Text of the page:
How To Build Your Own Clay Pizza Oven. They Never Tasted So Good

If you are looking for a fantastic project to do over a few weekends, you may enjoy this one. Making your own clay oven is great fun and messy too, everything that boys want. The basic design is simple, but it can be hard work to prepare and apply the clay.

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Hans Splinter

The principle behind the oven is to heat it up with fire and allow the energy it stores to cook the food. It can reach incredible temperatures in there, so you  will need a few attempts at cooking a pizza until you get it right. Each oven has its own characteristics and only with experience can you figure them out.

The Plinth

You can build the oven on the floor, but that makes it very awkward to tend the fire. Make a plinth instead; all you need is some bricks or stone and some sand. Lay the bricks in a circle of about seventy-five centimeters in diameter and as tall as you want the structure to be. When it is complete, and the mortar has set, fill the tube you made with sharp sand and ram it down to make it nice and firm.

The Base

Make the bottom of the oven out of fire bricks. You will find them at your local builders merchant. Sink the fire bricks into the sand so they are level with the walls of the plinth.

The Oven

You make the oven out of clay. It is the clay walls and the firebrick base that hold onto the heat that you generate when you burn sustainably sourced kiln dried logs in it. Here’s the process.

  • Make a dome shape on top of the firebricks using damp sharp sand. The dome will be the shape of the inside of the oven.
  • Cover the dome in newspaper and wet it with PVA glue and water. It will help the sand hold its form while you are covering it in clay.
  • Empty a bag of clay onto a polythene sheet and wet it. Now the whole family can have some fun, especially the children, by treading the clay to make it soft and malleable. Mix some sharp sand into it too.
  • When it is ready, start building the clay up in layers around the dome. Keep adding more until it is about two inches thick. Cut an arch into the front of it before it sets. That will be the oven door.
  • When you finish the oven, scrape out all of the sand from inside it.
  • Light the fire inside the oven with small sticks to fire it gently. Don’t build a big one to begin with, or the clay will crack.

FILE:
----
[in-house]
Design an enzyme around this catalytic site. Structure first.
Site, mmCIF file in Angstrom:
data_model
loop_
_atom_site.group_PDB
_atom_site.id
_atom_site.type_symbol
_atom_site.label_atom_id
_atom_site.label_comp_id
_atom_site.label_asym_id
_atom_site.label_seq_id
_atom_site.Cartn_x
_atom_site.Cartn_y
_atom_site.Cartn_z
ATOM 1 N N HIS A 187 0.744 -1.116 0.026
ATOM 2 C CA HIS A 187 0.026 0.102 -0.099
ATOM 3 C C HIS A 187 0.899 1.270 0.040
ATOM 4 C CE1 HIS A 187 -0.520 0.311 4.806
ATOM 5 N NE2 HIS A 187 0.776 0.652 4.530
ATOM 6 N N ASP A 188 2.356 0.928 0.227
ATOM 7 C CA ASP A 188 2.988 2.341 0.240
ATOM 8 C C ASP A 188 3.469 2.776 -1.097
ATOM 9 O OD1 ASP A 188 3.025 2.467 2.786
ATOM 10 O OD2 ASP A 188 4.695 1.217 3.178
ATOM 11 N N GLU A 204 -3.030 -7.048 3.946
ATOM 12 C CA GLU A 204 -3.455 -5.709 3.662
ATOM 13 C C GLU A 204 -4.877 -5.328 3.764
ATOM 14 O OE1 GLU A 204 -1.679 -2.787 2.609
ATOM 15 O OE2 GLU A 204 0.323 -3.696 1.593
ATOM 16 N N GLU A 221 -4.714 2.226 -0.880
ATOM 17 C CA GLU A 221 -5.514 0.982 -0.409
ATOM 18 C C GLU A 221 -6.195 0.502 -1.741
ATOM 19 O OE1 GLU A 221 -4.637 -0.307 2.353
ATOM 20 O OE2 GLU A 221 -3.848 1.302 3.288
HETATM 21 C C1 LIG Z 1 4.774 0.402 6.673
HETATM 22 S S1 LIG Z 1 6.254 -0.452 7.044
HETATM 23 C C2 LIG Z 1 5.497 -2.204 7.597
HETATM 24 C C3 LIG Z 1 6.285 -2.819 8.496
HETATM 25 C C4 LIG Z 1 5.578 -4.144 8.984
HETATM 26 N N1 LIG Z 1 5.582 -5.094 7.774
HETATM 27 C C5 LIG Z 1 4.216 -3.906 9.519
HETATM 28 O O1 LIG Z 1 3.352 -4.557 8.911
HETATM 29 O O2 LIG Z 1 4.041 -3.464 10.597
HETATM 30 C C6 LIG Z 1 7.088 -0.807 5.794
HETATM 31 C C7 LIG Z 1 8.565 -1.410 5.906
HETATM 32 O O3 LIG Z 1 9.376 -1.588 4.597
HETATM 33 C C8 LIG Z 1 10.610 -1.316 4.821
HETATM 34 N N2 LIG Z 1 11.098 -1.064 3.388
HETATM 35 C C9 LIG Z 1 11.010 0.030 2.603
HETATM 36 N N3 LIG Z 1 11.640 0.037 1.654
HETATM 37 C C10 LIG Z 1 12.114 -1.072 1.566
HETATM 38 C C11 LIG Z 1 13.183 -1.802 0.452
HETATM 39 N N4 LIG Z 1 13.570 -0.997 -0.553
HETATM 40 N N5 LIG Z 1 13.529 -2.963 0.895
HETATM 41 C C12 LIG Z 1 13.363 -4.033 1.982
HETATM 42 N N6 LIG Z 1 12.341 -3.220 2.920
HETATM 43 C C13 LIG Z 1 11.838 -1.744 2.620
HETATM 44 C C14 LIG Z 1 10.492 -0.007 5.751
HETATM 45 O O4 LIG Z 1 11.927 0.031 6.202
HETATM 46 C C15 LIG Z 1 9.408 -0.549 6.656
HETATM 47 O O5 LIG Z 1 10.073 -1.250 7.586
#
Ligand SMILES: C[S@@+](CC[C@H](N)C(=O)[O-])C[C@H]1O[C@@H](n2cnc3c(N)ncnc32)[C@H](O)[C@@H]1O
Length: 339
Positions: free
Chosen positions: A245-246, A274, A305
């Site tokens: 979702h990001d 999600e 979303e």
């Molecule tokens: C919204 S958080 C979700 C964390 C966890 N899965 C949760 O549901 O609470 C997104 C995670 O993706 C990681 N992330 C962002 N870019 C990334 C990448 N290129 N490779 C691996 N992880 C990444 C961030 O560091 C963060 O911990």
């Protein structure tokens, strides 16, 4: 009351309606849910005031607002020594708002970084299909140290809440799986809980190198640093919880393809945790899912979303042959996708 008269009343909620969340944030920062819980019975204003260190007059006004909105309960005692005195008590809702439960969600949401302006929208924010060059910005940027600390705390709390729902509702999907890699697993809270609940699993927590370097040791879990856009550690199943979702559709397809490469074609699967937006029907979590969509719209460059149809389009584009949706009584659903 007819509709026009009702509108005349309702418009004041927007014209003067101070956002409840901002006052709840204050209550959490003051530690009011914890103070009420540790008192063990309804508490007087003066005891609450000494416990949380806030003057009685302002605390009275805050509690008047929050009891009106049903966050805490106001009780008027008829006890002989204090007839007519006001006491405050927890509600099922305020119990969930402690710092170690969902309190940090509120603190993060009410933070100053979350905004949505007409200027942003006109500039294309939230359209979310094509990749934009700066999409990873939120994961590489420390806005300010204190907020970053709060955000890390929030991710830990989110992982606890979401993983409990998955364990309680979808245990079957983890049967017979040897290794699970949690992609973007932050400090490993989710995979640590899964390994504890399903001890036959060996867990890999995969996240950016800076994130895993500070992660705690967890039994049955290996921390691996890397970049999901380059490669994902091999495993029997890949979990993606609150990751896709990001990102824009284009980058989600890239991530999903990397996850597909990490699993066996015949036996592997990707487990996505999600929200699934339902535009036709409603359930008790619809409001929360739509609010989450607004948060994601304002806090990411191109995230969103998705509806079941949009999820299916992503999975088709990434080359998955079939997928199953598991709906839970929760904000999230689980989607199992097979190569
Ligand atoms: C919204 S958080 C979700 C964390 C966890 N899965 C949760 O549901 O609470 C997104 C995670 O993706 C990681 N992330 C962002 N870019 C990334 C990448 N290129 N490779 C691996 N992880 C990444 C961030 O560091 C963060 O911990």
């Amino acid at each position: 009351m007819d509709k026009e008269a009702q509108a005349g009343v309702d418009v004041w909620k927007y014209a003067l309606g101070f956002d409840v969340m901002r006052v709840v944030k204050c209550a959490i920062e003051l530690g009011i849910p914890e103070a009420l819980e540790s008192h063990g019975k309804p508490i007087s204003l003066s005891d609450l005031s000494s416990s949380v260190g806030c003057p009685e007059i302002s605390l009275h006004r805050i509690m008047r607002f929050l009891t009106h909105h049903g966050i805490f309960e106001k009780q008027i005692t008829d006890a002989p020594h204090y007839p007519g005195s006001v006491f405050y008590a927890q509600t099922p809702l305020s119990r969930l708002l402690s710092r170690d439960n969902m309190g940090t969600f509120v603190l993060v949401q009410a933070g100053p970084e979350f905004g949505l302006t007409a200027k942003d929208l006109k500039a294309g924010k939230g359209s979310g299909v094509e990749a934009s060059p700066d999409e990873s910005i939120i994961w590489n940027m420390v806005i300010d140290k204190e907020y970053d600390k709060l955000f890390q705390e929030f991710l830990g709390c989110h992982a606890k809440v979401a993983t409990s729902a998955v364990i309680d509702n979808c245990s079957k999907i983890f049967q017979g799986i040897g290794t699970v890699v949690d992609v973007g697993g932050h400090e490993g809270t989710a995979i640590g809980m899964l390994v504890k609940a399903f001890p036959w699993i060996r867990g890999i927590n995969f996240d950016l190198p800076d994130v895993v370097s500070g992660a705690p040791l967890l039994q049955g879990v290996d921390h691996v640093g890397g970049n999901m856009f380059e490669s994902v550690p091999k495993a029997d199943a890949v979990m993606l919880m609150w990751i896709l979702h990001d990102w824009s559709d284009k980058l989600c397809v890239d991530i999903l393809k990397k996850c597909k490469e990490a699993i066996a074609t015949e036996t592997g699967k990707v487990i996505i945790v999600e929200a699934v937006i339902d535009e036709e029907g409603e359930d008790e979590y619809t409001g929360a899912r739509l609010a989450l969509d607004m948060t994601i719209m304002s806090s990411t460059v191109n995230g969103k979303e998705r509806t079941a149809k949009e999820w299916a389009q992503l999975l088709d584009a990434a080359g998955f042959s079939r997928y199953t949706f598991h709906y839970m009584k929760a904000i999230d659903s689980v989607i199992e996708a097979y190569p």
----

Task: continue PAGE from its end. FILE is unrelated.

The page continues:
Now the oven is finished you can start experimenting with food. Light a fire in it and let it burn for about thirty minutes so that the fire bricks and clay absorb much of the heat. Then, when the fire has died down, push the charcoal to the sides and put a pizza in there for about one or two minutes. Remember it will take practice to get it right. When you master the technique, move on to joints of meat wrapped in foil. It is great fun.


A clay oven is an ideal accessory for ‘preppers’ because it will work should the power be cut off. It is also a manly way to cook, so leave him to it and put your feet up. That sounds like a  good idea to me.

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Meet the Dan behind Dan330. He started a Pinterest account in December 2011 while off on a leave from his day job as a captain on an Airbus A330. While traveling the world, Dan practiced his longtime hobby of photography and developed his eye for natural beauty and appreciation of great photography. Continuing his love of exploration and great pictures, Dan added Pinterest to his daily routine; especially during the long Minnesota winters. His eye for great photography was recognized by the Pinterest community and in just under one year, Dan330 had attracted over one million followers. Dan and his wife Laurie have three children, seven grandchildren and two grand puppies. When not pinning, Dan loves to travel and participate in just about any outdoor activity. There are a few exceptions to this, but to find out what they are you have to go to the Dan330 board dedicated to “Things he won’t do”.